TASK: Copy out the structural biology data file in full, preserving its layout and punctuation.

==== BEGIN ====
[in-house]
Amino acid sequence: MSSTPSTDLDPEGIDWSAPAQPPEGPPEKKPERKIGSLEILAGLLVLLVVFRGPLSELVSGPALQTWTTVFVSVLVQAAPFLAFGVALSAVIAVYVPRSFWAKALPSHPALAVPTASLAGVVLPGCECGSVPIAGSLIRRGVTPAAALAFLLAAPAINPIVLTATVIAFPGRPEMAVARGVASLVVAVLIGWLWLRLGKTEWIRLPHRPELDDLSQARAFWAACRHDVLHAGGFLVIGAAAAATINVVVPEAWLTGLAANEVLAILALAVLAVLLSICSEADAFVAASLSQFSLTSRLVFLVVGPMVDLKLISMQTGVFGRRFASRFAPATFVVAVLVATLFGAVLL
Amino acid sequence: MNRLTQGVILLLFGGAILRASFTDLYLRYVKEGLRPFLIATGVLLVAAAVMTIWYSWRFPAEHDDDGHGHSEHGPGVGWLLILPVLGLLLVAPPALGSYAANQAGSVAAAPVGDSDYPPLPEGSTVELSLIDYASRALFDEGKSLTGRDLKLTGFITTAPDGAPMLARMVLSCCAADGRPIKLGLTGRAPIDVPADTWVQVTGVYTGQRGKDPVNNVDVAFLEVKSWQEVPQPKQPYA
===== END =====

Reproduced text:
[in-house]
Amino acid sequence: MSSTPSTDLDPEGIDWSAPAQPPEGPPEKKPERKIGSLEILAGLLVLLVVFRGPLSELVSGPALQTWTTVFVSVLVQAAPFLAFGVALSAVIAVYVPRSFWAKALPSHPALAVPTASLAGVVLPGCECGSVPIAGSLIRRGVTPAAALAFLLAAPAINPIVLTATVIAFPGRPEMAVARGVASLVVAVLIGWLWLRLGKTEWIRLPHRPELDDLSQARAFWAACRHDVLHAGGFLVIGAAAAATINVVVPEAWLTGLAANEVLAILALAVLAVLLSICSEADAFVAASLSQFSLTSRLVFLVVGPMVDLKLISMQTGVFGRRFASRFAPATFVVAVLVATLFGAVLL
Amino acid sequence: MNRLTQGVILLLFGGAILRASFTDLYLRYVKEGLRPFLIATGVLLVAAAVMTIWYSWRFPAEHDDDGHGHSEHGPGVGWLLILPVLGLLLVAPPALGSYAANQAGSVAAAPVGDSDYPPLPEGSTVELSLIDYASRALFDEGKSLTGRDLKLTGFITTAPDGAPMLARMVLSCCAADGRPIKLGLTGRAPIDVPADTWVQVTGVYTGQRGKDPVNNVDVAFLEVKSWQEVPQPKQPYA